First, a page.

Get out your soup spoons, everyone, as I believe we have officially hit soup season! There is nothing like a nourishing, steamy bowl to take the chill off and make you feel cozy and full. It certainly is one of my favorite ways to eat a healthy meal! But, how do those great, healthy soups all begin? Besides digging out your favorite stock pot or extra large ladle, what do most soup recipes call for up front?
A mirepoix, a soffritto or maybe even a "Holy Trinity?" Call them what you want, but they all are a convivial gathering of aromatics, occasional herbs and spices and usually a bit of fat to get the party started. These various flavor combinations go by different names in different cuisines, but they always play an upfront role in how that soup turns out. They provide a foundation of flavor to distinguish it from one healthy pot to another.
How to Make a Flavor BaseMost flavor bases from around the world break down into three or four aromatic vegetables, sometimes herbs, and occasionally a small bit of fat. Asian cuisines often add freshly ground spices as well. The vegetables, cut into uniform small pieces, make up the largest part of the flavor base and are typically given a slow, easy start over low heat to extract the flavor. It is then enriched with the herbs and spices, if using.
Perhaps the most recognized trio may be the French mirepoix of onion, carrots and celery. Watch this quick video from Mario Batali on how to create the classic mirepoix. Cooking in any country has many variations of their flavor bases, as well as cooks adding their flair to the pot, just to keep things interesting.
1. Portuguese: Right out of the gate, I introduce the rebel with a cuisine that usually starts with four vegetables as a base than the typical three: onions, garlic, peppers and tomatoes.
2. Cajun/Creole: Often referred to as the "Holy Trinity," onion, bell pepper, and celery make up the base for many classic gumbos.
3. Chinese: Multiple Chinese dishes start with with a base of scallions, ginger and garlic. There are vairiatons that add various chili peppers, too.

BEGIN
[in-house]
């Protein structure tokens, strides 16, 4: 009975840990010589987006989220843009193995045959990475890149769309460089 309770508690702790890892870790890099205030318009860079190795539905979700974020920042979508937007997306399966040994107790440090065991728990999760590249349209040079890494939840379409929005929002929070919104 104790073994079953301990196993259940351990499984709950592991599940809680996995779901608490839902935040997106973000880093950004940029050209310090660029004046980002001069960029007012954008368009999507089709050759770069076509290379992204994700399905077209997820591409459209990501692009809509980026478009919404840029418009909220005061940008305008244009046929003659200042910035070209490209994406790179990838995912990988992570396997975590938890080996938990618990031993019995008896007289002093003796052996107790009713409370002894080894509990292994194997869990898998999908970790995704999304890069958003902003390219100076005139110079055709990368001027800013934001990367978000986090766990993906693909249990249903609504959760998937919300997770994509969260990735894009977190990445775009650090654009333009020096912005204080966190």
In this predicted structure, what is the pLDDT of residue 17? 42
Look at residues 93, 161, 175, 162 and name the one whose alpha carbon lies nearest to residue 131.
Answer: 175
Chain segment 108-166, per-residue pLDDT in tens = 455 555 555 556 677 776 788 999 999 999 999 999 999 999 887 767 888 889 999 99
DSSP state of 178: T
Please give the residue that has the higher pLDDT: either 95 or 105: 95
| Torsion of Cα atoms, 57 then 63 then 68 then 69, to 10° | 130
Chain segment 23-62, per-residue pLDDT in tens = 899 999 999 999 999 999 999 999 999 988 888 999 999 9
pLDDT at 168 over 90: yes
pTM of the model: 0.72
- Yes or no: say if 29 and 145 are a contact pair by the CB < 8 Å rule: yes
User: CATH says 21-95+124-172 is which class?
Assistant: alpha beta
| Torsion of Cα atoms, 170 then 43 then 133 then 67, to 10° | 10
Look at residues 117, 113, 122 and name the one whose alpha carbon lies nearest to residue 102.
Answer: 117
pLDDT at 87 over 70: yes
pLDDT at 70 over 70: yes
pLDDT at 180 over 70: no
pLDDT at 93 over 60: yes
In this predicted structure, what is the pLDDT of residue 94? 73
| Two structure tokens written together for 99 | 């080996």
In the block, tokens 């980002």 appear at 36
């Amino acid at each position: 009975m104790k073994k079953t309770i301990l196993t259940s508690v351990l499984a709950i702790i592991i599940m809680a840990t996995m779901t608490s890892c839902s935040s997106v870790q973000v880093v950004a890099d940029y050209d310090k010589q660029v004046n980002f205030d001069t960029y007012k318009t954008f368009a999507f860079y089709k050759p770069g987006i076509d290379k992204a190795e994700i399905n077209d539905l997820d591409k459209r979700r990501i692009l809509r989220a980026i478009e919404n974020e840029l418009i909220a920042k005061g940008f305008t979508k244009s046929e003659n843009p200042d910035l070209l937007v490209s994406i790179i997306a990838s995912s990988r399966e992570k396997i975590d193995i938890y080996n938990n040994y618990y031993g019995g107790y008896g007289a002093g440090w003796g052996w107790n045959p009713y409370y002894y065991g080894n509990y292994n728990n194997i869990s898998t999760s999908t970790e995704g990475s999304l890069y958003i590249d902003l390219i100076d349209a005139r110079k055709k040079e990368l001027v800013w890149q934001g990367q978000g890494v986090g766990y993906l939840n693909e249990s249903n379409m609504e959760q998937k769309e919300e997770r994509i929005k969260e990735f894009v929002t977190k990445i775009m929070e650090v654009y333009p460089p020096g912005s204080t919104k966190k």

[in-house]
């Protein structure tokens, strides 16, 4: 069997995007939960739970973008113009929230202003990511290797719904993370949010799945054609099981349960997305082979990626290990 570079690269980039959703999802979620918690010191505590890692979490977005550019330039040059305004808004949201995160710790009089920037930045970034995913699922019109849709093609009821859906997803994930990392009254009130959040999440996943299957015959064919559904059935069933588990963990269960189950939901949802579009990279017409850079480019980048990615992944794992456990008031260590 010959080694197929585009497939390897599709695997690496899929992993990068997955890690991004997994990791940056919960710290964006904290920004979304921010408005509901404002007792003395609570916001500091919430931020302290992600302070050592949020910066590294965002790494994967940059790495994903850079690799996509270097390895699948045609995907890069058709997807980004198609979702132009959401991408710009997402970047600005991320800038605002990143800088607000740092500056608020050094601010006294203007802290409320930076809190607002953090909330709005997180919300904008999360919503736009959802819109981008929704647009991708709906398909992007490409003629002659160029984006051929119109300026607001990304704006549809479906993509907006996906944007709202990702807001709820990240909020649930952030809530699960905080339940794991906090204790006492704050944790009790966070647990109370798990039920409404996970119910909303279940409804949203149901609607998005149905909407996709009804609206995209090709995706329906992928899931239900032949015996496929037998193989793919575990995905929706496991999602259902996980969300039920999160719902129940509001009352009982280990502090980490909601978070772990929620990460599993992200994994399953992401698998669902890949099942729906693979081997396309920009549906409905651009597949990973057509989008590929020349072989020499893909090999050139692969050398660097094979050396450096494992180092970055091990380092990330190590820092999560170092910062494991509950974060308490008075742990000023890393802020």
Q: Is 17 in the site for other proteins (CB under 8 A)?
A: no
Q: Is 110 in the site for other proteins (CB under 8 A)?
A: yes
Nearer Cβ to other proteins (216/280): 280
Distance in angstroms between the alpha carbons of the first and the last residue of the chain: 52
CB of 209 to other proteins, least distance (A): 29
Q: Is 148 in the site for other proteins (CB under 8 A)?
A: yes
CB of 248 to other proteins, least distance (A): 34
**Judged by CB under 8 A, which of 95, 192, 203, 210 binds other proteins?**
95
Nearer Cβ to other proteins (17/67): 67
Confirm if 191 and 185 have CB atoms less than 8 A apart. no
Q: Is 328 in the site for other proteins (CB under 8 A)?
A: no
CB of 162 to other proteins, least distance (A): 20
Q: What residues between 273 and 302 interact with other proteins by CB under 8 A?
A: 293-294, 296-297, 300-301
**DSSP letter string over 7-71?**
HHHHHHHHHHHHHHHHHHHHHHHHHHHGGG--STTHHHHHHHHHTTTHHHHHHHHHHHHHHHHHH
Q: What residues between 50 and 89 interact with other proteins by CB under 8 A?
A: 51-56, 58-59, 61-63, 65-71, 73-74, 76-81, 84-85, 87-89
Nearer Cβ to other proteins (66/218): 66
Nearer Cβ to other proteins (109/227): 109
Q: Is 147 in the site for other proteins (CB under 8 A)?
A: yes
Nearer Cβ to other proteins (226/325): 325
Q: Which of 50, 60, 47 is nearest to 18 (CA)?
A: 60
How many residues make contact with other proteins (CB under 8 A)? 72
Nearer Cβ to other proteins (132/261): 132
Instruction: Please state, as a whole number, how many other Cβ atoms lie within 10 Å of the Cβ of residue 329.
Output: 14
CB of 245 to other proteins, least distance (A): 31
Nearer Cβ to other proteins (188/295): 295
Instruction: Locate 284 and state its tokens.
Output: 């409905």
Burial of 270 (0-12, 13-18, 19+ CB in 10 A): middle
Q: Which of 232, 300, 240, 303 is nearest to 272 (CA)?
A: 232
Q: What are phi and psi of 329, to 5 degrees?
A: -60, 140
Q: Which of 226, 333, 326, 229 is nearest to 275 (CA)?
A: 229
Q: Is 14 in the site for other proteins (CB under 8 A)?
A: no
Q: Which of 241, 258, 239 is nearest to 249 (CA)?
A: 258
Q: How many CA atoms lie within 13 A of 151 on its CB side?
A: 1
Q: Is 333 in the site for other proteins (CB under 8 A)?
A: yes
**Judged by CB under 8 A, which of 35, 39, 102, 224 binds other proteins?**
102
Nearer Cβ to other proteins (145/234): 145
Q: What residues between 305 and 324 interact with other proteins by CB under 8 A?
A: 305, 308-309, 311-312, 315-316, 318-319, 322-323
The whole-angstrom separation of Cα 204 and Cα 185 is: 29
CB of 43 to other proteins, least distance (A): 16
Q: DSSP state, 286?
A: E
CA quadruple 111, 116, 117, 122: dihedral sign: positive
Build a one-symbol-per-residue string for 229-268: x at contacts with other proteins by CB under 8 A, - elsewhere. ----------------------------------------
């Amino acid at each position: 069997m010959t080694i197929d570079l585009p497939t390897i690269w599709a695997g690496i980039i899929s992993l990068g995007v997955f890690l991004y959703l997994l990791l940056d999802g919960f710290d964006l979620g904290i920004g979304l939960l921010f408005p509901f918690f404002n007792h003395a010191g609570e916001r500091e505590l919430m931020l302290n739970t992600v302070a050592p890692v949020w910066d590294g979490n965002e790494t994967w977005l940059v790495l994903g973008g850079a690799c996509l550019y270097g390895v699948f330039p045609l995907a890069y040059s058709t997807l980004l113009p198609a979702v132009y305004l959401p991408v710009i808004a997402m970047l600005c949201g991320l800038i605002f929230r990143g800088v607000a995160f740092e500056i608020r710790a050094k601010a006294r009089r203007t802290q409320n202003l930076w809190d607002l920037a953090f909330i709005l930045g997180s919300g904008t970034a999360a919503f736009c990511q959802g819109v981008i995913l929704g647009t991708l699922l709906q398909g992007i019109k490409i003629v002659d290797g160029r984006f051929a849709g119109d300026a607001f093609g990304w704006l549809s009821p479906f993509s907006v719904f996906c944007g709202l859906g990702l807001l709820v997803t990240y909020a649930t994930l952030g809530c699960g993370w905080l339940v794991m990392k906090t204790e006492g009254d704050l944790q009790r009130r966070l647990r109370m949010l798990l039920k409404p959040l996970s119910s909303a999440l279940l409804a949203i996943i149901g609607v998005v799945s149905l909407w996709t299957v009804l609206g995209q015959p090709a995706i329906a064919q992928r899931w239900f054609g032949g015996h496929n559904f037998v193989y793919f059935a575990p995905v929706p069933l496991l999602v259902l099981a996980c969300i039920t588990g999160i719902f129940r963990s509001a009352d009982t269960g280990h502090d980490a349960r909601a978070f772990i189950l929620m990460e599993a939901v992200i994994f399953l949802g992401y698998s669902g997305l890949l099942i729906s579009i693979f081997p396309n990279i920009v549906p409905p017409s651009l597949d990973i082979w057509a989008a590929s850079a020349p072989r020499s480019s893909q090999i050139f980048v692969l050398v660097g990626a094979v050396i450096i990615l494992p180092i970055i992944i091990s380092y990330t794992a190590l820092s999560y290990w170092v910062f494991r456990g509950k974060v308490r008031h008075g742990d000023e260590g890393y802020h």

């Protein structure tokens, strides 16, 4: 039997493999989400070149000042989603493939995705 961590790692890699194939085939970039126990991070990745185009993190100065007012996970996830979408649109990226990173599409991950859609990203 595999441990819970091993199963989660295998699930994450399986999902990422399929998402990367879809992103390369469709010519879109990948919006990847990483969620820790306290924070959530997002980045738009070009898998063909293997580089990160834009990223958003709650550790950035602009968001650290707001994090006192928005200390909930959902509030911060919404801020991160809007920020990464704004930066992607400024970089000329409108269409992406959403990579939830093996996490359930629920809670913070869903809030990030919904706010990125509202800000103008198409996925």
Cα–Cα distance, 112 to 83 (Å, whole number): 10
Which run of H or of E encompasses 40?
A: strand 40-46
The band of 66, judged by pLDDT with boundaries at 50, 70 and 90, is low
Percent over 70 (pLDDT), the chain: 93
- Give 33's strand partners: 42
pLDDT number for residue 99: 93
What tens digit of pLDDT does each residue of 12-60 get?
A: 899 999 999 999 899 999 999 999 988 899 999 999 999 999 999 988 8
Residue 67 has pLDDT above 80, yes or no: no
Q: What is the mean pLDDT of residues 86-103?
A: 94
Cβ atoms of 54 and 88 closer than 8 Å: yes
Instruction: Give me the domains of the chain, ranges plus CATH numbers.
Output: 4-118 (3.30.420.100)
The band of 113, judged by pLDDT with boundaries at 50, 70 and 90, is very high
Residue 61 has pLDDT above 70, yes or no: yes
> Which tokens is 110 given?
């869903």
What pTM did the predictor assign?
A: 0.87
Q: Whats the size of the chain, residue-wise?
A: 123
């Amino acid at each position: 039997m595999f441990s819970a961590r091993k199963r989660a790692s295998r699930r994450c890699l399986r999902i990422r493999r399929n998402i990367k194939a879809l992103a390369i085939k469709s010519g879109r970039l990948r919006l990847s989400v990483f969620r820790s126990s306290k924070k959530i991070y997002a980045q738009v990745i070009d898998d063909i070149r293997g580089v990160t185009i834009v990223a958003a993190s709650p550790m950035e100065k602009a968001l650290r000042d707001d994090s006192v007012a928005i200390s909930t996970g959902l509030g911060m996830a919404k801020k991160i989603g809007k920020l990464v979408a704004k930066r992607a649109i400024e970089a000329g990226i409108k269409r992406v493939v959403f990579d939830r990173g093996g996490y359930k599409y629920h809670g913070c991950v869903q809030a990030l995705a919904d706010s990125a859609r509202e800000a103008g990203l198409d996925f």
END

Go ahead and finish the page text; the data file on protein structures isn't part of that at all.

4. Hungarian: The Hungarians often reach for paprika, lard and onion as a flavor base for their soups and stews.
5. Indian: Garlic, ginger and onion are the beginnings of many wonderful Indian soups.
6. French: The familiar onions, carrots and celery create many great soups in those French kitchens.
7. Thai: Many Thai traditional dishes are flavored with galangal (a kind of ginger), kaffir lime and lemon grass.
8. Italian: Regional differences apply from the north to the south in Italy. Much like the French, northern Italy adheres to celery, carrots and onions while those in the south, go for garlic, tomato and basil.
9. Spanish: Garlic, onion and tomato all jump in the soup pot for great beginnings.
10. West Africa: The base of most west African cuisines is a trio of chili peppers, onions and tomatoes.
Destination Soup MakingOnce you learn a few flavor bases, you can change up the base to change up the soup. Let me explain:
Consider a simple tomato soup recipe like this one. Instead of the French mirepoix listed, begin that soup with a flavor base of ginger, garlic and onion, and add some curry powder and finish with a splash of coconut milk and that basic tomato has become a simple Indian Tomato Soup. Or, if you begin with the Hungarian flavor trio base listed above, you take that tomato soup in a smokey, spicy Hungarian direction. You could always go traditional and keep it Italian by maintaining the northern Italian base of celery, carrots and onion but add a big handful of fresh basil and some oregano and cheese croutons.
So, next time if you want to take your pot of soup in a whole new orientation, maybe you should consider how you start. That base you begin with could take you across the pond or even on a safari! Your destination is your choice.
Need a bit more?
- Loads of links to healthy soup recipes in a flash, broth making tips and soup making equipment all here.
- Feature a favorite and nutrient-rich fall vegetable with this soup this week that keeps flu and colds away.
Please share a favorite soup recipe link in the comments or any other flavor bases you use in your country to start your dishes off right!
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